In recent decades, by contrast, only very affluent families — those in roughly the top 1/40th of the income distribution — have received such large raises. Yes, the upper-middle class has done better than the middle class or the poor, but the huge gaps are between the super-rich and everyone else.
The basic problem is that most families used to receive something approaching their fair share of economic growth, and they don’t anymore.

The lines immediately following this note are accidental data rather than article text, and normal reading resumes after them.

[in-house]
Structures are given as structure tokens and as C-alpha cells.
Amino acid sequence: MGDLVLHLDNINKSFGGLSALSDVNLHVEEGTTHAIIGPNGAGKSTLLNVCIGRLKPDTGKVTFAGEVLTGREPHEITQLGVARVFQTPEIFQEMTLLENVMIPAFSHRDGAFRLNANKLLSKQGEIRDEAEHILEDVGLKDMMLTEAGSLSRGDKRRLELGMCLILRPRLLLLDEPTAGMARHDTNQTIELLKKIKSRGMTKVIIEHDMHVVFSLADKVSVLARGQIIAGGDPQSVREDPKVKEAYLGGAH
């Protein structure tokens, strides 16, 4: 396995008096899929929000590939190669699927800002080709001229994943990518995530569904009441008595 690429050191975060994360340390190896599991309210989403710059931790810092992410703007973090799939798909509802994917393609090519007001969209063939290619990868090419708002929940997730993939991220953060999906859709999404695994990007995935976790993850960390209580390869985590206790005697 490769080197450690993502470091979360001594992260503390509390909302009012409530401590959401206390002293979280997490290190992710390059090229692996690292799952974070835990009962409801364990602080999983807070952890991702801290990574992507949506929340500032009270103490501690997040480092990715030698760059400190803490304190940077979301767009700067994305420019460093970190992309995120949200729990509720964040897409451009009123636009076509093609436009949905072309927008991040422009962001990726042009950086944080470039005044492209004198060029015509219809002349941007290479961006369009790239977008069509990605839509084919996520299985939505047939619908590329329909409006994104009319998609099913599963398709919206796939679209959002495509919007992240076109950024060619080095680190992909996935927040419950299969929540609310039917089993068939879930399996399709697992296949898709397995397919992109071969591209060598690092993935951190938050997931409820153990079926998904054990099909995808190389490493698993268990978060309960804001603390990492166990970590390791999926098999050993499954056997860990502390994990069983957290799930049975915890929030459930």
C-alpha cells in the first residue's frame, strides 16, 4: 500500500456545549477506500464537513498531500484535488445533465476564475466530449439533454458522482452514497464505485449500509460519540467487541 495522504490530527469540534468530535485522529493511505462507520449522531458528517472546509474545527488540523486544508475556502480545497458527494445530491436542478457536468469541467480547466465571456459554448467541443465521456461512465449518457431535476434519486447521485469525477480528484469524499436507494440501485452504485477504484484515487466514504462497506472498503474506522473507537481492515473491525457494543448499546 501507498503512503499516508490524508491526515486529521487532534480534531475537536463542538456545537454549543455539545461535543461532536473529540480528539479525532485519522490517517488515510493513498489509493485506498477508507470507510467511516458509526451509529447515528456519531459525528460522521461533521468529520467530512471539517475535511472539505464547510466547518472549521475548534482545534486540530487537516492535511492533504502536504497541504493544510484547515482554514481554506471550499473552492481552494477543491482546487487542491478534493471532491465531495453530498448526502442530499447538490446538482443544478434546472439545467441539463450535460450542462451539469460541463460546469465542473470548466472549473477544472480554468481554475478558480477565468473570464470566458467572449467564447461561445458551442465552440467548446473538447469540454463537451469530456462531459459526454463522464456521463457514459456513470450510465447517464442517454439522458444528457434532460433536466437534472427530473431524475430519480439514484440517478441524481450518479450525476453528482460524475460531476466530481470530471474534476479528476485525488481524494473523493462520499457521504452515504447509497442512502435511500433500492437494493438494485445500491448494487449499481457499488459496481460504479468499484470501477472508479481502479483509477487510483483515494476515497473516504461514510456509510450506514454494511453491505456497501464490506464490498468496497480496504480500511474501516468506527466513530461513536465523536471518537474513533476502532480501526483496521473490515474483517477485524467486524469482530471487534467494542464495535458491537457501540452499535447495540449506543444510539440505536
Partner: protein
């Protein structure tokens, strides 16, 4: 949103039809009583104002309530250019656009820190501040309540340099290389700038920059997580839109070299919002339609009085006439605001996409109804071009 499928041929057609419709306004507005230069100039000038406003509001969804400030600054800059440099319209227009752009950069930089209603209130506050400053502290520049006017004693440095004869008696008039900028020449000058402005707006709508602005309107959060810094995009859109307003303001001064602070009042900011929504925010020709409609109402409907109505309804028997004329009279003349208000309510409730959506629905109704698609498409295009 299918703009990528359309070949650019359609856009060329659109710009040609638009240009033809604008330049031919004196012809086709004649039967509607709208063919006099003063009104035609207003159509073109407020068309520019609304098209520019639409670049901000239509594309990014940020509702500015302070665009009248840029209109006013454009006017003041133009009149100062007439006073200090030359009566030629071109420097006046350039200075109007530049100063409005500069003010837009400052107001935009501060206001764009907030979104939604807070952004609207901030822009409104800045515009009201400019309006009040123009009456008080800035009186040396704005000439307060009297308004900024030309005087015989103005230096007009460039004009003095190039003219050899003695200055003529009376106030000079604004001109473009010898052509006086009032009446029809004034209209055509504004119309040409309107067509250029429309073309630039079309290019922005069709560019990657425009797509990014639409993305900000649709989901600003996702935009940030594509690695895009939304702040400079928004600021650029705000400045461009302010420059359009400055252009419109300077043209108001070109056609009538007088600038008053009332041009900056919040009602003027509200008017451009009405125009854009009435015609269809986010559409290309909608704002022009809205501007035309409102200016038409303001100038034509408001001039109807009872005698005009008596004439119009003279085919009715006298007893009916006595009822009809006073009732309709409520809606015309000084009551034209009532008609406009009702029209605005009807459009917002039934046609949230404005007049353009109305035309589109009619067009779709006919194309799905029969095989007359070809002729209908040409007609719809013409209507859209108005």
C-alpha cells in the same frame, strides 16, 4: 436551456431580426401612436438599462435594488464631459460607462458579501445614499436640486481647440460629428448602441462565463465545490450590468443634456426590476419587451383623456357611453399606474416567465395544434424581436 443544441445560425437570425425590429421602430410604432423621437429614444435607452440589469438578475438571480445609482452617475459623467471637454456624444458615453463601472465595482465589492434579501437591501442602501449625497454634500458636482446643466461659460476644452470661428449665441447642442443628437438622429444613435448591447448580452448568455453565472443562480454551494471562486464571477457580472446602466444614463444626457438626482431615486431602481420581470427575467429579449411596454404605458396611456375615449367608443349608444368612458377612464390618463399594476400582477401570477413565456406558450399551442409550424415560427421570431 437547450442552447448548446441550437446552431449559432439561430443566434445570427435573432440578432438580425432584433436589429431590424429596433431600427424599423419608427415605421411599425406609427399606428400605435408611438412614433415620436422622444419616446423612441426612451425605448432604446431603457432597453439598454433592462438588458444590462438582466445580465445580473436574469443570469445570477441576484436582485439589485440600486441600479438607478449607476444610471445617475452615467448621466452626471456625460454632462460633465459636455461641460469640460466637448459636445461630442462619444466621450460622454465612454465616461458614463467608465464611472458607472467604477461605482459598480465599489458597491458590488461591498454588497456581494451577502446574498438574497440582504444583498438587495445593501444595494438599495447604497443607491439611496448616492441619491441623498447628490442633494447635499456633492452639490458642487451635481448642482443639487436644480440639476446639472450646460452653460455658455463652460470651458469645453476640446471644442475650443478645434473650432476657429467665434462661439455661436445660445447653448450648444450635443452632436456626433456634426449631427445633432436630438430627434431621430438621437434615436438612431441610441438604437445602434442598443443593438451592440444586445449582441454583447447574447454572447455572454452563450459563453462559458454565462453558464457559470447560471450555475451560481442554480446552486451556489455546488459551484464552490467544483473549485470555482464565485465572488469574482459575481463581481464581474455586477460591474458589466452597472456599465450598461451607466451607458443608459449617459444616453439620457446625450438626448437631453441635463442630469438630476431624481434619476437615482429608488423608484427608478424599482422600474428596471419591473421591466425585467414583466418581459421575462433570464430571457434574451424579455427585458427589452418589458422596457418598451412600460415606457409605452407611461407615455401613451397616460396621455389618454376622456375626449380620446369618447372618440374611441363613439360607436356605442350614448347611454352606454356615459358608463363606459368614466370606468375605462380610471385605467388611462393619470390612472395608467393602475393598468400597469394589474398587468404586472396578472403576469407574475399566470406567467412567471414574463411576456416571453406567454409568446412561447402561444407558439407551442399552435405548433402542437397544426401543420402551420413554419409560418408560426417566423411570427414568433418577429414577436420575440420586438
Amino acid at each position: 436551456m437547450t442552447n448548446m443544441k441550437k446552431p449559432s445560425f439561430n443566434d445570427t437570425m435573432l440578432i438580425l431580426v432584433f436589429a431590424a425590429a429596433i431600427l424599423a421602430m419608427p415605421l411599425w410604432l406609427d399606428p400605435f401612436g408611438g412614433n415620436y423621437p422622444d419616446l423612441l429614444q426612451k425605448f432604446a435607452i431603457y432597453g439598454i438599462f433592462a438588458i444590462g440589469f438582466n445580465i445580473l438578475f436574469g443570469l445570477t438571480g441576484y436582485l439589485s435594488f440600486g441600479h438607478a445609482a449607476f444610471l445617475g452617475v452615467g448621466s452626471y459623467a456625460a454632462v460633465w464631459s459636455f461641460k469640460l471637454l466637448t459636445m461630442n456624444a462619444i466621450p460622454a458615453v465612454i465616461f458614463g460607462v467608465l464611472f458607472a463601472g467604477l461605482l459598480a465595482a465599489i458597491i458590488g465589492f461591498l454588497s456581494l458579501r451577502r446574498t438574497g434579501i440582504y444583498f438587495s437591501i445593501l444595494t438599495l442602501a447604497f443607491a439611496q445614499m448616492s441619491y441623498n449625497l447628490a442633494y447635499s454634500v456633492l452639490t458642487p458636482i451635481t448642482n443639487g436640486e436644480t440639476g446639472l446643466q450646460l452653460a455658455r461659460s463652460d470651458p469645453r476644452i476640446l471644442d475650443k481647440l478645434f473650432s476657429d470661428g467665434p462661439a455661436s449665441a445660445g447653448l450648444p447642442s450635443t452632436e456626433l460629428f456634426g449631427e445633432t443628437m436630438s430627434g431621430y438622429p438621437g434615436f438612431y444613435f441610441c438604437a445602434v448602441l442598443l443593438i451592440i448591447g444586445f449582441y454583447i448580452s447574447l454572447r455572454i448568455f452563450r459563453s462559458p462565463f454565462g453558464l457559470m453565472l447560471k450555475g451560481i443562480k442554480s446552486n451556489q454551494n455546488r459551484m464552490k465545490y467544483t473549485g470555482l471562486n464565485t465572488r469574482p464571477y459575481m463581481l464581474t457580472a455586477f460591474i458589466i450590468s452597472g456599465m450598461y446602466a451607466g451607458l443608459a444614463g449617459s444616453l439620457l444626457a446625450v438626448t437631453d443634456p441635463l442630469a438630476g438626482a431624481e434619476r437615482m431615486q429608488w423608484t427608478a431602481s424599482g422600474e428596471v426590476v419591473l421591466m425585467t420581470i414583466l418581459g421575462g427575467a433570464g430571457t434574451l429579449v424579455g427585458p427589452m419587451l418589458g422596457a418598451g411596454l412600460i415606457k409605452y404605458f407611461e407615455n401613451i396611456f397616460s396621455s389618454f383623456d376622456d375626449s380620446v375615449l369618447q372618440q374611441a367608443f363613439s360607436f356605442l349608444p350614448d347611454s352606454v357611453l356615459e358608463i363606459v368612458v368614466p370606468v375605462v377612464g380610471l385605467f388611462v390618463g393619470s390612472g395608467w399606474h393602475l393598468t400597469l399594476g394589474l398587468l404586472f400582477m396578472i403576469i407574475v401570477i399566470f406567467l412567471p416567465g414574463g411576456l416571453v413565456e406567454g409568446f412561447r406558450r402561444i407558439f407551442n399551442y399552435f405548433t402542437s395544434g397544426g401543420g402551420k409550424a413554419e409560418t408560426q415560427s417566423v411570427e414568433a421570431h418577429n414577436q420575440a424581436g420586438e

The French Revolution was both bloody and world-altering enough that it is still inspiring new books today. More recently, the Cuban revolution showed how socialist idealism can devolve into dictatorship. In both cases, many innocent civilians lost their lives in pursuit of a greater cause. Yet a utilitarian like Singer—judging actions by their collective impact on all living things over time—says that even those messy revolutions may be justifiable. “The question is, do they have to go wrong? Is it inevitable? Is it part of human nature that they go wrong?” he asks. “Maybe in spite of all the bloodshed and things that went wrong, the revolution did lead to the spread of greater equality, of civil rights, of the rule of law throughout Europe. And that was undoubtedly a good thing. Chou En Lai was famously asked whether he thought the French revolution was a good thing and he said ‘It’s too early to tell.’ I’d be prepared to hazard a guess and say it was a good thing.”